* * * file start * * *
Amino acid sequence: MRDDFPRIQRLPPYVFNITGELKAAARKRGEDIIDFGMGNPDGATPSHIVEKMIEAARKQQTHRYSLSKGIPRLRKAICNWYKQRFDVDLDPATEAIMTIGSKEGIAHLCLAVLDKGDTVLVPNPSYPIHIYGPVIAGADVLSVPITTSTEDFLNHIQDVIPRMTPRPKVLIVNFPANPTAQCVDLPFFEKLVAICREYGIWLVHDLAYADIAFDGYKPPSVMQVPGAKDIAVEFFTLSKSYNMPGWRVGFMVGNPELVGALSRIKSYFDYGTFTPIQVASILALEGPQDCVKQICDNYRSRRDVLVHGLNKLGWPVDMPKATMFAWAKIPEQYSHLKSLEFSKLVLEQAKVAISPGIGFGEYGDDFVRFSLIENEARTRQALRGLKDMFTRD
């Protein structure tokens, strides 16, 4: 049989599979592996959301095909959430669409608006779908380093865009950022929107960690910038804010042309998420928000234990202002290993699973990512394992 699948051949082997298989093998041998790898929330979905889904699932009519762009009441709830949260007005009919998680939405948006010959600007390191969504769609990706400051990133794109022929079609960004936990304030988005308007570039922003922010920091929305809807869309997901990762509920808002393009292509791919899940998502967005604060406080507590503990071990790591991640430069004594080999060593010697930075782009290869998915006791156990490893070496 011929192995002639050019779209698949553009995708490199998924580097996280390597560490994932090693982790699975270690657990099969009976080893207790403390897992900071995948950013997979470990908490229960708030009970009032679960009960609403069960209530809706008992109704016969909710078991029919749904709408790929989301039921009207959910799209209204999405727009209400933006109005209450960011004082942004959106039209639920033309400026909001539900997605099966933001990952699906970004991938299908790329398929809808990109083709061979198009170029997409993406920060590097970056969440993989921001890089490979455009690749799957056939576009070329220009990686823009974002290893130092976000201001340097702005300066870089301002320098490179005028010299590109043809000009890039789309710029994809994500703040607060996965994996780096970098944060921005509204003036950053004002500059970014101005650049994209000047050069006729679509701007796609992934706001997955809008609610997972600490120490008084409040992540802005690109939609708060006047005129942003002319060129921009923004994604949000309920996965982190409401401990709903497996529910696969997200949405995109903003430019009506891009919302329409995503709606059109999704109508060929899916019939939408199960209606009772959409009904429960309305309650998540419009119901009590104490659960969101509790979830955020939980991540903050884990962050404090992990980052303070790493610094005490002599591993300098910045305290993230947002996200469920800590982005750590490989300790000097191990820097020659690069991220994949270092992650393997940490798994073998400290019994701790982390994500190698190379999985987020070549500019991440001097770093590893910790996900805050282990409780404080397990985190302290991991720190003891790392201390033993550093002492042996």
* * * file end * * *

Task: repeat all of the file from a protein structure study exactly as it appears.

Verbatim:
Amino acid sequence: MRDDFPRIQRLPPYVFNITGELKAAARKRGEDIIDFGMGNPDGATPSHIVEKMIEAARKQQTHRYSLSKGIPRLRKAICNWYKQRFDVDLDPATEAIMTIGSKEGIAHLCLAVLDKGDTVLVPNPSYPIHIYGPVIAGADVLSVPITTSTEDFLNHIQDVIPRMTPRPKVLIVNFPANPTAQCVDLPFFEKLVAICREYGIWLVHDLAYADIAFDGYKPPSVMQVPGAKDIAVEFFTLSKSYNMPGWRVGFMVGNPELVGALSRIKSYFDYGTFTPIQVASILALEGPQDCVKQICDNYRSRRDVLVHGLNKLGWPVDMPKATMFAWAKIPEQYSHLKSLEFSKLVLEQAKVAISPGIGFGEYGDDFVRFSLIENEARTRQALRGLKDMFTRD
């Protein structure tokens, strides 16, 4: 049989599979592996959301095909959430669409608006779908380093865009950022929107960690910038804010042309998420928000234990202002290993699973990512394992 699948051949082997298989093998041998790898929330979905889904699932009519762009009441709830949260007005009919998680939405948006010959600007390191969504769609990706400051990133794109022929079609960004936990304030988005308007570039922003922010920091929305809807869309997901990762509920808002393009292509791919899940998502967005604060406080507590503990071990790591991640430069004594080999060593010697930075782009290869998915006791156990490893070496 011929192995002639050019779209698949553009995708490199998924580097996280390597560490994932090693982790699975270690657990099969009976080893207790403390897992900071995948950013997979470990908490229960708030009970009032679960009960609403069960209530809706008992109704016969909710078991029919749904709408790929989301039921009207959910799209209204999405727009209400933006109005209450960011004082942004959106039209639920033309400026909001539900997605099966933001990952699906970004991938299908790329398929809808990109083709061979198009170029997409993406920060590097970056969440993989921001890089490979455009690749799957056939576009070329220009990686823009974002290893130092976000201001340097702005300066870089301002320098490179005028010299590109043809000009890039789309710029994809994500703040607060996965994996780096970098944060921005509204003036950053004002500059970014101005650049994209000047050069006729679509701007796609992934706001997955809008609610997972600490120490008084409040992540802005690109939609708060006047005129942003002319060129921009923004994604949000309920996965982190409401401990709903497996529910696969997200949405995109903003430019009506891009919302329409995503709606059109999704109508060929899916019939939408199960209606009772959409009904429960309305309650998540419009119901009590104490659960969101509790979830955020939980991540903050884990962050404090992990980052303070790493610094005490002599591993300098910045305290993230947002996200469920800590982005750590490989300790000097191990820097020659690069991220994949270092992650393997940490798994073998400290019994701790982390994500190698190379999985987020070549500019991440001097770093590893910790996900805050282990409780404080397990985190302290991991720190003891790392201390033993550093002492042996």